Chinese local officials have culled residents’ pets family by family to stop the spread of coronavirus, according to animal activists.
Widespread fears of pets being able to spread the disease began last month after a Chinese health expert claimed animals needed to be quarantined during the outbreak to stop the spread of the disease.
However, the World Health Organization dismissed the claims suggesting there is no evidence to show the virus being transmitted to pets.
Community officers in a county in south-western China’s Sichuan Province knocked on doors and ordered villagers to hand over their pets. Nanchong Missing Animal Aid Group claimed the animals were killed moments later on the street.
The organisation said the campaign was carried out at the township of Longcan in Peng’an County in Nanchong.
A distressing video shared by the group on its account on Twitter-like Weibo shows a number of bloodied dogs, thought to be dead, lying at the back of a truck.
It is said that the pooches belonged to families from the villages of Qianqiubang.
Another clip, shared by an animal activist, shows one officer who was wearing a face mask touching a lifeless dog by the side of a street while a few of his colleagues watched on.
The activist claimed that the cruel campaign was organised by the Communist Party Secretary of Longcan Town.
‘Stop slaughtering pets in the midst of the epidemic. Enforce law in a civilised way,’ the activist condemned on Weibo.
Animal rights group PETA urged Chinese officials not to use the coronavirus outbreak as ‘an excuse to abuse animals’.
The group’s spokesperson told MailOnline: ‘Violent acts like this one don’t address the public health problems. They only cause more ocnflicts in society.’
Just last week, community officers of another residential complex in Nanchong were filmed clubbing stray dogs to death in broad daylight.
In a video supplied to MailOnline by animal lovers, one worker can be seen repeatedly hitting a pooch with a wooden rod.
Two stray dogs were killed at around 9am last Tuesday near Wenfeng Road, Nanchong Stray Animal Rescue said.
Nanchong Stray Animal Rescue demanded relevant officers halt their act immediately.
‘Before the matter escalates, please stop the atrocity of harming animals,’ it wrote on its official account on Weibo.
Officials of Nanhu Committee, which supervised the complex, denied online allegations.
They claimed that the video showed the workers killing a stray dog which had bitten some residents and caused panic in the community, according to a notice shown to MailOnline.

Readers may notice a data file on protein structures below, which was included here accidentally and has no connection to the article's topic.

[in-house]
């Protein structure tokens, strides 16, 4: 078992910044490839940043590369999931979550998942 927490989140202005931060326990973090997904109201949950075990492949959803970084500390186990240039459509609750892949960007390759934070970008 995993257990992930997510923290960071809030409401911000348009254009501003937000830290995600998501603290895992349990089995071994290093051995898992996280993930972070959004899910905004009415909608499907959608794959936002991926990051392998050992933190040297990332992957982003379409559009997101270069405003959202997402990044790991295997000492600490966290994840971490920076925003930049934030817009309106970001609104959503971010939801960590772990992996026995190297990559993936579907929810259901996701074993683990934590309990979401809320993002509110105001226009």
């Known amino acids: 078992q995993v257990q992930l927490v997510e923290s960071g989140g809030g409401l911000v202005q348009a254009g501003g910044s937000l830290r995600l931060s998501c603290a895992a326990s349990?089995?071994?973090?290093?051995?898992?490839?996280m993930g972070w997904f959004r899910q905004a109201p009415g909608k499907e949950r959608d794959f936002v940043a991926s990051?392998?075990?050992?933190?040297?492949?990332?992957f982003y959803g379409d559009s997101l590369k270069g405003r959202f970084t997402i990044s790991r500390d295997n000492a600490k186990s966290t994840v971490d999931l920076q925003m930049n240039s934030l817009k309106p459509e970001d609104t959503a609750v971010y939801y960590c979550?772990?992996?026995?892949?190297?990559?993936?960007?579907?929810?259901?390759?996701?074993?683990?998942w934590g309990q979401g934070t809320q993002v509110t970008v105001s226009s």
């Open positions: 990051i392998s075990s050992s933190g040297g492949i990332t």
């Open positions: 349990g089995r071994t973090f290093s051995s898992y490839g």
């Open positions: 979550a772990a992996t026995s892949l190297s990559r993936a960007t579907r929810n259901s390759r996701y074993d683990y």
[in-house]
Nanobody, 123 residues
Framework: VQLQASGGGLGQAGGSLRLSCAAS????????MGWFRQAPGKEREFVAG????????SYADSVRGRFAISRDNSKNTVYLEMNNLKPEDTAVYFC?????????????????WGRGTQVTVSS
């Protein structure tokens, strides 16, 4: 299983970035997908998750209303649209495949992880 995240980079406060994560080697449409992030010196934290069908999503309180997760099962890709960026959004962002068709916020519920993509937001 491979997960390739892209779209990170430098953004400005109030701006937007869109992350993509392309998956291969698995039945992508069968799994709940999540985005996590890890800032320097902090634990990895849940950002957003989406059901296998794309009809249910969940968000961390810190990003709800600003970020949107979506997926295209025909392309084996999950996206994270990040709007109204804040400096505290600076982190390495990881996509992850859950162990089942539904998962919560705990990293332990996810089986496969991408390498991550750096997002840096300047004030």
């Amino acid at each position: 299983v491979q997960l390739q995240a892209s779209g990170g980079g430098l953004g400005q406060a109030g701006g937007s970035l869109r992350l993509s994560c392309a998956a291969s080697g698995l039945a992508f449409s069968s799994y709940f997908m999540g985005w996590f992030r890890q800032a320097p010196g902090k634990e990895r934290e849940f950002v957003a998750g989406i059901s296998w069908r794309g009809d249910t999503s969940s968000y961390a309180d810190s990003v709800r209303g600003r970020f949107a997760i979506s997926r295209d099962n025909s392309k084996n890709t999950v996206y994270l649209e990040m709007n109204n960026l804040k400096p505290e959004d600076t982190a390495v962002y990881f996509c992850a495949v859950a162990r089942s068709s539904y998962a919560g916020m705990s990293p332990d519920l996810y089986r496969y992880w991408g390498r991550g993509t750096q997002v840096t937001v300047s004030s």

Similar pets culling campaigns have also been observed in Chengdu and Wenzhou.
Communities around the country allegedly started to order the locals to ‘get rid of’ their pets – or risk having them culled – from last month amid fears that animals could also pick up the coronavirus.
The fears were sparked by comments made by one of China’s top experts for infectious diseases.
Prof. Li Lanjuan, a member of the senior expert team from China’s National Health Commission, warned that pets would also need to be quarantined should they be exposed to coronavirus patients.
She cautioned in an interview with state media CCTV that pet owners should take extra care of their animals because the virus ‘spreads between mammals’.
World Health Organization (WHO) said there is no evidence to show that the virus can be passed onto cats or dogs.
In a message posted on Weibo, the Chinese equivalent to Twitter, the group advised people to wash their hands after holding their pets to reduce the risks of catching bacteria from the animals.
Animal welfare organisation Humane Society International said: ‘The advice by the World Health Organisation that there is no evidence dogs and cats can be infected with the virus, needs to be heard throughout China.’
Originating in the central Chinese city of Wuhan, the new coronavirus – known as COVID-19 – has infected more than 74,000 people inside China.
The government has locked down tens of millions of people in several virus-hit cities, extended Lunar New Year holidays and pulled flights in a scramble to contain the virus.
Hubei, situated in central China, accounts for more than 80 per cent of the confirmed cases and 95 per cent of the deaths globally.
Overnight, the Hubei health officials reported 349 new cases out of a nationwide total of 394 and 108 of the 114 new deaths across China.
The figures are the lowest daily tolls in a month and Beijing said outbreak control efforts ‘are working’.
Globally, the coronavirus epidemic has killed at least 2,129 people and infected more than 75,700, and has spread to at least two dozen countries.